On May 1st 1806, General Pierre of France is ordered to take this area for the French empire. General Heinz of Prussia begins mobilizing his forces in response seven days later.

May 7th: The last regiment of Voltigeurs arrives at the French muster area and are ready to march. 
May 13th: Prussians finish mustering at Schornberg.
May 15th: French cross the river Muse by ford.
May 16th: French take Barkensnapt unopposed. Prussians attempt to enter French lands by way of Bavarian territory - Bavaria doesn't respond well and declares war!
May 21st: Bavaria begins mobilizing their troops.
May 22nd: Prussia attacks the Bavarian city of Warink.

May 22nd 1806: The Battle of Warink.

Warink is defended by a single regiment of Bavarians.

Prussians attack with a regiment of cuirassiers and four battalions of infantry - the rest of
their army kept in reserve.

Bavarian musketry sends the battalion on the right retreating through the battalion on the left -
they are now both unorganized.

Prussian curiassiers charge the diminished Bavarian square, breaking both it and
the bavarian line behind them.

The single remaining bavarian battalion retreats to reform another day. Victory Prussia.

The Butchers Bill:
240 Prussians killed, 120 wounded.
420 Bavarians taken prisoner, 540 dead.

The small Bavarian army has taken losses it can ill afford. The Prussian army is mostly intact, while the French have yet to shed blood.

Thanks for reading!

Sunday, August 3, 2014

Guard Du Corps - Napoleonic rules by Rudy Scott Nelson

So here's my new toy:
Three card stock sheets of charts = FUN!
I just happened to see this game on Ebay. I'd never heard of it, but the price was good and shipping was very low, so I took a chance. I'm glad I did. I have a soft spot for old OOP rules, and with all those charts I new it would be different to todays games. This one is from 1987. In some ways it's more complicated than WRG horse and musket, but it's written in plain english instead of Barkerese which helps a lot. The multitude of charts allows for a wider range of results than simple d6 rolls. There's also a very comprehensive list of troop ratings for all the major nations of the wars, and a bunch of minor nations most napoleonic-newbies like me have probably never heard of. It also lists differences in capabilities by year. Very helpful.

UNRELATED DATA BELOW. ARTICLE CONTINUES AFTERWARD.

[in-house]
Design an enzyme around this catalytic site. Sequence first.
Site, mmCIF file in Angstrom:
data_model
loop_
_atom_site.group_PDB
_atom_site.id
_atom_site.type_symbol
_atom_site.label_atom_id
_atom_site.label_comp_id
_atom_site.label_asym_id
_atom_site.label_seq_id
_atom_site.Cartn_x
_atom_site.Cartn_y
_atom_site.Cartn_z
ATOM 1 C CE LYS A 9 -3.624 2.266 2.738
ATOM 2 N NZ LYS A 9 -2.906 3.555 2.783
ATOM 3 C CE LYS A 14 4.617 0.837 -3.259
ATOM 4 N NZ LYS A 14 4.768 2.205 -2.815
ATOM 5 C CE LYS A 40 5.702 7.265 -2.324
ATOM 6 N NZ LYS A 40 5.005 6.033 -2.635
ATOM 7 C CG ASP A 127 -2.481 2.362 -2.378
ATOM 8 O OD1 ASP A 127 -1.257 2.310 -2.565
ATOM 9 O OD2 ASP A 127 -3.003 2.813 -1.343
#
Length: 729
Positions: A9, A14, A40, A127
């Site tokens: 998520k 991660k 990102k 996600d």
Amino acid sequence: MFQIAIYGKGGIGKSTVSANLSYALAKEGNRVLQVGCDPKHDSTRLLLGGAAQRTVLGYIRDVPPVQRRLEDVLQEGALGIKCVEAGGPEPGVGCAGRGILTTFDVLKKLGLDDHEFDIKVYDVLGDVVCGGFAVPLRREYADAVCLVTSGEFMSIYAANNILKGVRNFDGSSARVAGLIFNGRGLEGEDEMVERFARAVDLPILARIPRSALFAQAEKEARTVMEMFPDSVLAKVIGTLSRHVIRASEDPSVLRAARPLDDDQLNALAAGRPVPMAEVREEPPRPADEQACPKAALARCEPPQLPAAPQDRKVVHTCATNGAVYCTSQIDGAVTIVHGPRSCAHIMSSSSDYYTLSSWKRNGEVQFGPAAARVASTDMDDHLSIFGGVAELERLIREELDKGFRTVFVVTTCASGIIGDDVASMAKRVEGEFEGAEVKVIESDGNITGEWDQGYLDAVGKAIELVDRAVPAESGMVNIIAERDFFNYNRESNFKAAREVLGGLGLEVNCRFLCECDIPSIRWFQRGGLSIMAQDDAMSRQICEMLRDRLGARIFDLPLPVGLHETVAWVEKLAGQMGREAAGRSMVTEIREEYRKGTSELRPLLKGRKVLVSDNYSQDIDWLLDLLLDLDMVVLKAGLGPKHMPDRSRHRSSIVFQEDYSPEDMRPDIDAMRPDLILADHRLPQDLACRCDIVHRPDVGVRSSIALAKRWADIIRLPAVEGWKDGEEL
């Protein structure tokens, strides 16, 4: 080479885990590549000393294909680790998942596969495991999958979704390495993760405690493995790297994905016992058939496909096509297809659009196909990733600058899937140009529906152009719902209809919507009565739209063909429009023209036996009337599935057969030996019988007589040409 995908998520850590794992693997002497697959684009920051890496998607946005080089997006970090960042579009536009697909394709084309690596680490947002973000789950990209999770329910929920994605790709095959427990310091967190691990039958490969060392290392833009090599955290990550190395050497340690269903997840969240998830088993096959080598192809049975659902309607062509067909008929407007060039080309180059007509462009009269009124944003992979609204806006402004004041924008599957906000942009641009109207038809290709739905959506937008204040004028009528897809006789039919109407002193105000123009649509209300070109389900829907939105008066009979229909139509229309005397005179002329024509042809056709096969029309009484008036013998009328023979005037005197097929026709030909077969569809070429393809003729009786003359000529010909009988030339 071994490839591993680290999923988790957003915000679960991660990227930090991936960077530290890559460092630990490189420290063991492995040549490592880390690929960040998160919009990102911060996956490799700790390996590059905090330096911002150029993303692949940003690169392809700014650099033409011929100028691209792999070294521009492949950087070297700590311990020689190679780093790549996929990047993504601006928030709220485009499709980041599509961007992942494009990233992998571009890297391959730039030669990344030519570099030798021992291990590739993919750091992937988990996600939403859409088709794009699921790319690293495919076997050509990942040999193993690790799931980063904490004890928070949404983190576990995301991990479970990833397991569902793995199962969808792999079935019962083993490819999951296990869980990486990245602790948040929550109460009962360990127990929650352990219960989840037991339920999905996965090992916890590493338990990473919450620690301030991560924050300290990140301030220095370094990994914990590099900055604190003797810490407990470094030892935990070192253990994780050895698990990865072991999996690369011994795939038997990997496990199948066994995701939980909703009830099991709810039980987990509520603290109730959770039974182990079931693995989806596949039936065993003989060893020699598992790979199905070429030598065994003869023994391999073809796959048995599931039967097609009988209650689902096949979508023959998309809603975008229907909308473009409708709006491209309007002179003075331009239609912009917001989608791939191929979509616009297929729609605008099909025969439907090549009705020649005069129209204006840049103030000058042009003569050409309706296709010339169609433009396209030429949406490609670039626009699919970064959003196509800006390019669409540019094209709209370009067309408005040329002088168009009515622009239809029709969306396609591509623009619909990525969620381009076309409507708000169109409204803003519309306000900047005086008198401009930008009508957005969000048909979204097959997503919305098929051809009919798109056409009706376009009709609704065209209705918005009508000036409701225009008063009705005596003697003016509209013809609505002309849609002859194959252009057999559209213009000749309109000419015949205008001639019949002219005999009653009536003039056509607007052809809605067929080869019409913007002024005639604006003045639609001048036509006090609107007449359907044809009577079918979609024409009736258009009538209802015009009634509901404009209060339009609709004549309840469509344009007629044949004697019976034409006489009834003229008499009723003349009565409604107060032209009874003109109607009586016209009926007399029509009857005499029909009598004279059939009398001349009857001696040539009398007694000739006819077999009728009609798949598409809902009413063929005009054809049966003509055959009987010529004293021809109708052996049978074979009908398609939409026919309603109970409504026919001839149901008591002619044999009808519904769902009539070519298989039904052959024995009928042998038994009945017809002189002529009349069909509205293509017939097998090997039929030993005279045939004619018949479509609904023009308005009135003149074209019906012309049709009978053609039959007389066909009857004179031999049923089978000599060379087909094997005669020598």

All troops are rated with a 2 character code. French line infantry from 1813 are 5D. The number from 1-10 is fighting ability, the letter is from A-G and rates morale. Prussian line troops from the same year are better at 6C. Number of figures per average sized battalion is listed, with french having 8 figs per battalion and prussians 12, at a 1:60 troop scale.

Time to play!

Rolling on the set up charts, I find that this game will take place in Germany, in the Fall, and with Clear weather. Armies fighting in their own country get a morale bonus. Clear weather means no special rules, but rain and snow are possibilities with effects on movement and visibility. You roll for weather change after 4 turns, each lasting 15 minutes of game time.

The armies: 
France had 6 battalions of Chasseurs who I rated as line infantry. Also 6 battalions of Voltigeurs who I rated as Legere, able to skirmish. Two large battalions of Bavarians rounded out the French roster.

Prussia had 5 battalions of line infantry, split into two regiments. Also a small battery of 2 six-pounder cannons, and a regiment of Cuirassiers. The Cuirassiers are rated 8B, meaning they are almost as good as you can get.

The calm before the storm. The French will be arriving from the left, the
Prussians the right.

French chasseurs surge onto the field, preceded by skirmishing voltigeurs.
The prussian battalions march straight ahead.

The Prussians charge, the voltigeurs evade back. Melees break out between the opposed line units.

Melee is a risky business in Guard Du Corps. You cross-index the melee rating of each unit, add modifiers, then arrive at a percentage chance of the attacker winning. A single d100 roll and you have a winner! One further roll determines by how much they won. In the above picture, in the far distance the cuirassiers charge a bavarian square - bad idea, after calculating the odds the cuirassiers had only a 5% chance to win! They lost and fell back.

A scrum develops in the center of the battlefield.

In the back right bavarians menace the cuirassiers. The prussian cannon are approached
by French chasseurs.

A turn later and the cuirassiers have fled. Most of these units you see are French.

The only prussian infantry to not be wiped out, still advancing bravely.

The Prussian cannon about to be overwhelmed.
I really enjoyed my game of Guard Du Corps. I'm glad I bought it. If you're interested the author has made an updated version available for free at

Of course, that won't be as cool as my original 1987 version, staple bound with card stock handouts, but you'll make do. Thanks for reading!